I completely agree with Getting out of debt but I completely disagree with the order of his steps. This is the same as when we were started doing this six seven year ago but the world has completely changed. Real estate is not the investment it was, 401Ks retirement fund and wall street have really lost a lot of money. College educations cost are rising at such a horrific clip that if you really want to put your children through college you need to take the money you are saving for that and build wealth. A 401K is giving your money to someone else so they can build wealth and you get the pennies left over.

Any way once you get past the first three steps, it isn't a one size fits all and we each need to tailor it to fit our needs.

any way I am somewhat of a doom sayer and we have a lot of our weath sitting around in cold hard food, ducks, and land.
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  #8  
July 2nd, 2011, 06:24 AM
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Quote:
Originally Posted by Happy Song View Post
A 401K is giving your money to someone else so they can build wealth and you get the pennies left over.
I have to disagree about this. Yes, you could certainly invest your money elsewhere, but there will never be guarantees with returns on investments. Personally, I'd rather invest in a 401K where a company matches so much of the money because that's FREE MONEY to also be invested.
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  #9  
July 2nd, 2011, 08:55 AM
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Originally Posted by ~Kris~ View Post
I have to disagree about this. Yes, you could certainly invest your money elsewhere, but there will never be guarantees with returns on investments. Personally, I'd rather invest in a 401K where a company matches so much of the money because that's FREE MONEY to also be invested.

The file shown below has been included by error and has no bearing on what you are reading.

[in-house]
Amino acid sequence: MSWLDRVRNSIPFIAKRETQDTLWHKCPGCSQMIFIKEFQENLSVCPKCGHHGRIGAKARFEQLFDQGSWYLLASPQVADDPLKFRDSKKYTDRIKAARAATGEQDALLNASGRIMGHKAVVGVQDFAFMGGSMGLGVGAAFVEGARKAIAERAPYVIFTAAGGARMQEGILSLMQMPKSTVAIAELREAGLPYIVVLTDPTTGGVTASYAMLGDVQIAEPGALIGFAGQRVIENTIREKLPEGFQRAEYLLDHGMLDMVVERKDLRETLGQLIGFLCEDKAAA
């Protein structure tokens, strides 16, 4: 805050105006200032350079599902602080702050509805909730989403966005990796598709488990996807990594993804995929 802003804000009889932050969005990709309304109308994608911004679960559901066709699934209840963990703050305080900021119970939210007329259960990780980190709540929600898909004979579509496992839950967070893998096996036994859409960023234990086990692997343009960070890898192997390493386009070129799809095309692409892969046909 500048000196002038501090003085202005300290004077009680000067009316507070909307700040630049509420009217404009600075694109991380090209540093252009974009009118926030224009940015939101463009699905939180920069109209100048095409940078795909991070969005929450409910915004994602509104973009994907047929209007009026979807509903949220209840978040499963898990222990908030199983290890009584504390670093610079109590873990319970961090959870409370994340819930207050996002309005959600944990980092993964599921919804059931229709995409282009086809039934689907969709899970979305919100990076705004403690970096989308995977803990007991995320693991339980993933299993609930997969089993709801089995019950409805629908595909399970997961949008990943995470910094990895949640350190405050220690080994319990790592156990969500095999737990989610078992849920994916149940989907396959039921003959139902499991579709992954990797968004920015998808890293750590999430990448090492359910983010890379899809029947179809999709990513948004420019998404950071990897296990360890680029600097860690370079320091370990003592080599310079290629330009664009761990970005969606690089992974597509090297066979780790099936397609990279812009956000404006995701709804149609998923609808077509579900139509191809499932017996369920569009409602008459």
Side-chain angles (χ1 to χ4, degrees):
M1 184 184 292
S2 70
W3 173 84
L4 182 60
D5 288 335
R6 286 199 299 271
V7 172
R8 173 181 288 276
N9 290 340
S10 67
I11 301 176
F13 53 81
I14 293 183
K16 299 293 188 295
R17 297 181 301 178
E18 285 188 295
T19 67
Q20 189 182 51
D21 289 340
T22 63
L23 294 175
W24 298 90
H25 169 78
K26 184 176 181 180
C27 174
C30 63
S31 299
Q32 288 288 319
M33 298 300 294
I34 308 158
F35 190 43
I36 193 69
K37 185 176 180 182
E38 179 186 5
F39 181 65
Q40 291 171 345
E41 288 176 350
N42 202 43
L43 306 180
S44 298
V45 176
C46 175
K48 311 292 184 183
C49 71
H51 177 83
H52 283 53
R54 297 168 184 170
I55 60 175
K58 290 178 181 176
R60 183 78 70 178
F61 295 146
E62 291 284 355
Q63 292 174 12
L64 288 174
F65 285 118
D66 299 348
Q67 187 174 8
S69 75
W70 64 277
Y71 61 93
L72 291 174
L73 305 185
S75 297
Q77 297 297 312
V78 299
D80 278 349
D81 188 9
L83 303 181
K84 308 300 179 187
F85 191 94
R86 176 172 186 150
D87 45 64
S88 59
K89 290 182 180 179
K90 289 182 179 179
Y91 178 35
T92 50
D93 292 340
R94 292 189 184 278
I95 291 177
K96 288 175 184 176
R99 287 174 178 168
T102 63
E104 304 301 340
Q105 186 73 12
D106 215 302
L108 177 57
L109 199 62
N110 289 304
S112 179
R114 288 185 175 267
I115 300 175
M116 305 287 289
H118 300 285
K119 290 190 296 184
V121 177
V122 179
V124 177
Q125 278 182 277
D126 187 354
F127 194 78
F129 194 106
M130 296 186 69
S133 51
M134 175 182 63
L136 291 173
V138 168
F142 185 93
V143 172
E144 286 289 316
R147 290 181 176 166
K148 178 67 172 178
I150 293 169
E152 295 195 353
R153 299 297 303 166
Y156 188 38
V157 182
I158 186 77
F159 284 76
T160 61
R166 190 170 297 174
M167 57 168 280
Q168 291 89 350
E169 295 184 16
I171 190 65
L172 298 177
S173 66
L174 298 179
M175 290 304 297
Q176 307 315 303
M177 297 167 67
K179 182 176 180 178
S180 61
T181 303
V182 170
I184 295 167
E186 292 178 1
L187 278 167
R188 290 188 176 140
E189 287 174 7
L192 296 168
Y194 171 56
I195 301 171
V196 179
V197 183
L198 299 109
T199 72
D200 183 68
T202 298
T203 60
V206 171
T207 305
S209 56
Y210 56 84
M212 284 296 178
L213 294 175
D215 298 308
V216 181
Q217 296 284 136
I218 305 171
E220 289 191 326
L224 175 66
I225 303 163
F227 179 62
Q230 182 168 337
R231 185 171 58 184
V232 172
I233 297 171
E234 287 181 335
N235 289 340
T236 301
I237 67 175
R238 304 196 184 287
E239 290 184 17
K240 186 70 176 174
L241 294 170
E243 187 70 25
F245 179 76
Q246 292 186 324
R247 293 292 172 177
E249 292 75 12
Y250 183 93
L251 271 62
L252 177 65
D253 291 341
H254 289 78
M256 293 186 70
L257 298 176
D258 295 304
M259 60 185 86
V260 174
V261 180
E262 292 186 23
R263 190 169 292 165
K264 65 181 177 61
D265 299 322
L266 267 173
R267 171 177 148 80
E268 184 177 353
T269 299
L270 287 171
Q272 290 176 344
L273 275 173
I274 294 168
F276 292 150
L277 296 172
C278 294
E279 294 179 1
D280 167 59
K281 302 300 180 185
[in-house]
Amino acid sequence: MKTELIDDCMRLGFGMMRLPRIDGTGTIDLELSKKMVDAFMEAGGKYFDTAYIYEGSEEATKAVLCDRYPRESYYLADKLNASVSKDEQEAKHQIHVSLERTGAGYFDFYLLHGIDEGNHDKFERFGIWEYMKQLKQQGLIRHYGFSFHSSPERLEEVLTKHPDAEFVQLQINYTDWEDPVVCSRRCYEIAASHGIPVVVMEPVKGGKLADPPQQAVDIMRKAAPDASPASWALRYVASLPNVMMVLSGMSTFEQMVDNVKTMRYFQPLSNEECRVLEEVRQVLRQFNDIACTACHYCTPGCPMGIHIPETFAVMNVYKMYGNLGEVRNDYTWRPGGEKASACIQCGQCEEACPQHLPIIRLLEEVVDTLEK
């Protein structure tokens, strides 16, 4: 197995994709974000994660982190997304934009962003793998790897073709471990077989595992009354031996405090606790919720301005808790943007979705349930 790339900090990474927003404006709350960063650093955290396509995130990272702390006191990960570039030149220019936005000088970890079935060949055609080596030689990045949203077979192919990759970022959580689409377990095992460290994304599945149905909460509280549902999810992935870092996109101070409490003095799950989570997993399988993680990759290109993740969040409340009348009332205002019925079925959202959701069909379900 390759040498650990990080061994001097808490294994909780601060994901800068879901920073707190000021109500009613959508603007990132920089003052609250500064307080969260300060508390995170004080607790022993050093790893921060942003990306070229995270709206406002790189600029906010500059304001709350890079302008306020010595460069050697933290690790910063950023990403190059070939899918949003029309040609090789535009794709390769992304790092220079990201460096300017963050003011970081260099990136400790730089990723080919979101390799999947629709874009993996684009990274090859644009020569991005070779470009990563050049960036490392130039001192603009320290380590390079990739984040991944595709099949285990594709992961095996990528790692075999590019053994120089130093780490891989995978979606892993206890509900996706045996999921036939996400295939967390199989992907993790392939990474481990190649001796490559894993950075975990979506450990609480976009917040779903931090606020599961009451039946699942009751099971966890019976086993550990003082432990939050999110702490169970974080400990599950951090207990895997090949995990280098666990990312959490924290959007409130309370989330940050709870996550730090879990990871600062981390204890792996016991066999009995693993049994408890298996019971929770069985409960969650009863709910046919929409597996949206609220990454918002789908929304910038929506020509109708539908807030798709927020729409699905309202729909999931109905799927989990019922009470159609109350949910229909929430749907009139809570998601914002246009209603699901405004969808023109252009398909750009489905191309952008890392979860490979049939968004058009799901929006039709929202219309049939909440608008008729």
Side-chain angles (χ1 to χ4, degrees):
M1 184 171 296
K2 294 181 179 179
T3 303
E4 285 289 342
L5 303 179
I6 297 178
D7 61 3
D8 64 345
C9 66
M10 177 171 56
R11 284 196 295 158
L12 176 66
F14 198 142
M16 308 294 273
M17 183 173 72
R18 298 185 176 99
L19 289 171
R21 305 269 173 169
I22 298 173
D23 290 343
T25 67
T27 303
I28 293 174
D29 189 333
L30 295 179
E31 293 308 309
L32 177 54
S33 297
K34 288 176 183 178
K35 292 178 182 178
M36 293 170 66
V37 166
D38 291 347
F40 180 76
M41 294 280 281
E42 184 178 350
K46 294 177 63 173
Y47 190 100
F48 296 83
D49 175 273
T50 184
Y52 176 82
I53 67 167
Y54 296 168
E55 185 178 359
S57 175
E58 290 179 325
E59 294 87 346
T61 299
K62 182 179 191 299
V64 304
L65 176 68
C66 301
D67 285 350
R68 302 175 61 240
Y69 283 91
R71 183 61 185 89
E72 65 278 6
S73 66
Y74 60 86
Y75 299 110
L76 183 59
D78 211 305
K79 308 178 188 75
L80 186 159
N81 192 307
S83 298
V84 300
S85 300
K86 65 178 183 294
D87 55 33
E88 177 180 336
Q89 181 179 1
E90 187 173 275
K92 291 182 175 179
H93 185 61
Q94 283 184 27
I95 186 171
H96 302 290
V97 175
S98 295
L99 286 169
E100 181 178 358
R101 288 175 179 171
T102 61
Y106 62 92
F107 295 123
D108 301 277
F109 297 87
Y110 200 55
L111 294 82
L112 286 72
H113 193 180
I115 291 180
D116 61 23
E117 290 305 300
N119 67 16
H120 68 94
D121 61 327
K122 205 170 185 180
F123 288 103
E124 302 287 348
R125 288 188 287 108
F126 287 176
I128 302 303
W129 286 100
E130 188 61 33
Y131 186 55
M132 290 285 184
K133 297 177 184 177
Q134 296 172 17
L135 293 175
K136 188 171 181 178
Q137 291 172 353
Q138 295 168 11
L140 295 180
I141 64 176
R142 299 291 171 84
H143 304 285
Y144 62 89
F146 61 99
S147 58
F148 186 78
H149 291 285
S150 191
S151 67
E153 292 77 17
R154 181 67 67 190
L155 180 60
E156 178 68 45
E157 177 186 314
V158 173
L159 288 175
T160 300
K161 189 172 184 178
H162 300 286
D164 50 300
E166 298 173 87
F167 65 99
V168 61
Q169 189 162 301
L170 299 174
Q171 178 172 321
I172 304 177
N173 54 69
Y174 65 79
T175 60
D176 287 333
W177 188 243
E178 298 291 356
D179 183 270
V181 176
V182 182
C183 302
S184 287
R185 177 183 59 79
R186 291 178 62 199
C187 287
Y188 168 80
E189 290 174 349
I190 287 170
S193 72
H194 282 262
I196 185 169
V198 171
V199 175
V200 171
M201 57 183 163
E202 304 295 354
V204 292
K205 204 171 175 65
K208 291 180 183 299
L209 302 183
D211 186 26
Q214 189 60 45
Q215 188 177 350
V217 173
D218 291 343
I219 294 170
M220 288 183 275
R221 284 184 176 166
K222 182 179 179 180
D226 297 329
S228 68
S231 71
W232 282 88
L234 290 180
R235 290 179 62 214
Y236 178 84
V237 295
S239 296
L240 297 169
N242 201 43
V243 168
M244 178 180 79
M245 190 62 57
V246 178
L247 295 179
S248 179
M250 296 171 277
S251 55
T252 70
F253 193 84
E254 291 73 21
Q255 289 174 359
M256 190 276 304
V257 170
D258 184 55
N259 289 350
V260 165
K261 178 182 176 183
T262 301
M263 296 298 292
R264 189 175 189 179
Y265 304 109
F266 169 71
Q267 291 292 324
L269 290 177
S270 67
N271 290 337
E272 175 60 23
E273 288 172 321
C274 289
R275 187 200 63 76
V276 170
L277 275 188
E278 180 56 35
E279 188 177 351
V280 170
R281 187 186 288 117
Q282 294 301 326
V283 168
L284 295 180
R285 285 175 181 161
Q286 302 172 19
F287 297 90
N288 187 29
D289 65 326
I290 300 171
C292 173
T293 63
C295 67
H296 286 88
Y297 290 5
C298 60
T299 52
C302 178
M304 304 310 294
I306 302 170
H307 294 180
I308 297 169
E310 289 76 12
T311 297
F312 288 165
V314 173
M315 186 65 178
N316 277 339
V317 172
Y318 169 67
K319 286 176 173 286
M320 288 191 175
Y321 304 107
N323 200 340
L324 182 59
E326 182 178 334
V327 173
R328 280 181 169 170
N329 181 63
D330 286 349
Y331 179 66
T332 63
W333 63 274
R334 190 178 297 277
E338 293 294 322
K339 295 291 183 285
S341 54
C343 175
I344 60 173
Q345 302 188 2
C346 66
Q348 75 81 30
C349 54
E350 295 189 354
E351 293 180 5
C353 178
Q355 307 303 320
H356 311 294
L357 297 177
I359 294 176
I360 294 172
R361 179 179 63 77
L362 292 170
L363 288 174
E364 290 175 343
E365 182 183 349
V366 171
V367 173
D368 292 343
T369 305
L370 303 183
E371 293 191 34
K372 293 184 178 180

I agree with the no guaranteed return, but 401k's seem really scary to me right now. even with matching my friends and family are all ending up negative in their 401k's in the last 2 years.

I tend to be more conservative. CD's are my preferred. I know the return is low, but it is guaranteed. Money Market is about as risky as I get

Quote:
Originally Posted by Happy Song View Post
Any way once you get past the first three steps, it isn't a one size fits all and we each need to tailor it to fit our needs.
It's definitely not one size fits all, but his methods have reason and a lot of people feel like they don't know where to start when it comes to paying off debt. This is a very reasonable plan for those people and for people like my family where it doesn't make total sense we have a guide to look at an say "what of this works for us, and what can I change". But the snowballing is very smart and most people wouldn't think to do that on their own.
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  #10  
July 2nd, 2011, 09:26 AM
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Originally Posted by C&K'sMama View Post
I agree with the no guaranteed return, but 401k's seem really scary to me right now. even with matching my friends and family are all ending up negative in their 401k's in the last 2 years.

I tend to be more conservative. CD's are my preferred. I know the return is low, but it is guaranteed. Money Market is about as risky as I get


Retirement plans are meant to be a long term investment, they will have ups and downs. Even with things going in the pooper the last few years, our contributions are ony about 30% of what in in our retirement account. The rest is employer contribution and growth. You won't get a return like that from a CD.

Now is a really good time to be investing in retirement (provided you have a decade+ of working). With things low, it's like buying things on sale.
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  #11  
July 4th, 2011, 06:38 PM
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And, too, most 401(k) plans have an option for you to be in charge--if you are a very conservative investor and prefer guarnteed investments, you can choose things like bonds and CDs in your 401(k) and you still get the benefit of the employer matches I've never let the company handling my 401(k)s be in charge of where my money is invested and have chosen investments I am comfortable with and even when the stocks plummeted, I never lost enough to put me in the negative--I always had more in there than I had invested